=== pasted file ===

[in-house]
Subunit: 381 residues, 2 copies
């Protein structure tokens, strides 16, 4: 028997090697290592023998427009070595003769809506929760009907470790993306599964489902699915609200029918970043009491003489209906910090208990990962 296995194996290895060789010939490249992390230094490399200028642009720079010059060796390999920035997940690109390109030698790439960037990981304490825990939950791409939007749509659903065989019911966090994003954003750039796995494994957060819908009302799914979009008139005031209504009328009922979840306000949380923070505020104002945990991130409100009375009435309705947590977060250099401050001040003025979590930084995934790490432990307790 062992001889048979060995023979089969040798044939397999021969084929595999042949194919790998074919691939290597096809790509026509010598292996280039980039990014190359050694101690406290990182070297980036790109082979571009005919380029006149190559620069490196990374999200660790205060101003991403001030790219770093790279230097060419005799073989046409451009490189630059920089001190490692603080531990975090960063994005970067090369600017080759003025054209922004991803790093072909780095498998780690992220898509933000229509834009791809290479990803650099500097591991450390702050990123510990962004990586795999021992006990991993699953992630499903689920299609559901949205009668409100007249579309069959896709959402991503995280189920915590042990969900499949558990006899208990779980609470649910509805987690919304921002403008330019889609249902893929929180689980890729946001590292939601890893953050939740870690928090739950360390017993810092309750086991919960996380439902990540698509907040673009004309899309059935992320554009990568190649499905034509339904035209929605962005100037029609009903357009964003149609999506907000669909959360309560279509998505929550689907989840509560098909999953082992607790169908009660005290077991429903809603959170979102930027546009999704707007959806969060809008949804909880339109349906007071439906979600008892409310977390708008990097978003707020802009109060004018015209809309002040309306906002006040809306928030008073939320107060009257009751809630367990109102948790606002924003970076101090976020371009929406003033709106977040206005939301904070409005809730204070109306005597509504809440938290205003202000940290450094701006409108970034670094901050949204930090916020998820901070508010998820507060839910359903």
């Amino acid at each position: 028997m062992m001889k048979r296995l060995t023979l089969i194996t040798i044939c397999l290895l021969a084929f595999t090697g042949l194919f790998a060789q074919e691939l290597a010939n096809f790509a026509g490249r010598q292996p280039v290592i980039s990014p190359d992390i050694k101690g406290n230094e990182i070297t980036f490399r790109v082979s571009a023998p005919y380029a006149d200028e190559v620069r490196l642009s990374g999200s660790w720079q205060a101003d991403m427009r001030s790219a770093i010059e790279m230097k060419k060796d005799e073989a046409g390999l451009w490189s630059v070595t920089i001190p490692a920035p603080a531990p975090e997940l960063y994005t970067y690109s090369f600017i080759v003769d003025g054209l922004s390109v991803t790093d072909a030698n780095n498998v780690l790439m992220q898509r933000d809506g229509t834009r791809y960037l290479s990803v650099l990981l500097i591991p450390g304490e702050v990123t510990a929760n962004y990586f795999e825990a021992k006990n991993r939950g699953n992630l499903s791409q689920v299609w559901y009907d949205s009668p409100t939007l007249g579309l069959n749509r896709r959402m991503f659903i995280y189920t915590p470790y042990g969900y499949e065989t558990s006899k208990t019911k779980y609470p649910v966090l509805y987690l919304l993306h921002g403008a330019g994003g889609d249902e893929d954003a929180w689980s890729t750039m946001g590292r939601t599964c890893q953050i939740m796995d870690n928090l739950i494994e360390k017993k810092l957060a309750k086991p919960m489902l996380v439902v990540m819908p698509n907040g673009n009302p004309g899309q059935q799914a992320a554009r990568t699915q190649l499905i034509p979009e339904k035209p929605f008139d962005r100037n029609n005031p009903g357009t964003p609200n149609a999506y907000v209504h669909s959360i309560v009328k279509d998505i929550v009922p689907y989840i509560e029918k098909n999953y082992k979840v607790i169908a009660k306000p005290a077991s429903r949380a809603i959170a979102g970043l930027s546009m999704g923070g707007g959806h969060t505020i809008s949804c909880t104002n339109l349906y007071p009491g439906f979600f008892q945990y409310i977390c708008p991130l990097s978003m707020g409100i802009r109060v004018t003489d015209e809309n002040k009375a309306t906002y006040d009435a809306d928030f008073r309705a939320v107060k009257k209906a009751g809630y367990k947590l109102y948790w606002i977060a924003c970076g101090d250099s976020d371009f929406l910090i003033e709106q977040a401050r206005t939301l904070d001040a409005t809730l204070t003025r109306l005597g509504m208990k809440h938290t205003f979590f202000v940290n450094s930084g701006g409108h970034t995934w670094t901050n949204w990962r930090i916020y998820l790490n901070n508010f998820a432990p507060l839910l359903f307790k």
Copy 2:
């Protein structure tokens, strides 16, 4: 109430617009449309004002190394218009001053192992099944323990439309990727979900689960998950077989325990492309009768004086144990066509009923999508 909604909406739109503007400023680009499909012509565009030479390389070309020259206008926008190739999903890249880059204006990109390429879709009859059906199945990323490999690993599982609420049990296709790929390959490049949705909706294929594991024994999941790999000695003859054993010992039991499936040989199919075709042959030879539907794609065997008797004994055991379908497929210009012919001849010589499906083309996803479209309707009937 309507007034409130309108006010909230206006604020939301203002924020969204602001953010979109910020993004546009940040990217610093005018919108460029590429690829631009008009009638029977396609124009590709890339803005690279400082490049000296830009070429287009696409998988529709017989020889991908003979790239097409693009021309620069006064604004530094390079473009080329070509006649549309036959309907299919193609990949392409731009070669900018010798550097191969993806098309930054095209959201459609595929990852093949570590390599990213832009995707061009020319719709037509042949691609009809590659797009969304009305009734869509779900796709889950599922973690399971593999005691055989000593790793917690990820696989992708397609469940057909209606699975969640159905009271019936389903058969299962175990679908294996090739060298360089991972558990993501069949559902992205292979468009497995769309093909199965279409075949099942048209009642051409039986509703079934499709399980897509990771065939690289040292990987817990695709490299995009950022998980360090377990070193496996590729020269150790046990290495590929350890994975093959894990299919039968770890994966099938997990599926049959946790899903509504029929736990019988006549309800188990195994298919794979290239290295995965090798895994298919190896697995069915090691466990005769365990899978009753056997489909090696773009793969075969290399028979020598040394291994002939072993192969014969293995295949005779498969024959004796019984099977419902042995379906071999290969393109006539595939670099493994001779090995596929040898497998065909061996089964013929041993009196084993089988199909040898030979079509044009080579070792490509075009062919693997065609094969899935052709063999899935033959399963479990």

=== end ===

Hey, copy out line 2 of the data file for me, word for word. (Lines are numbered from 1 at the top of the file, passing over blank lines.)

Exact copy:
Subunit: 381 residues, 2 copies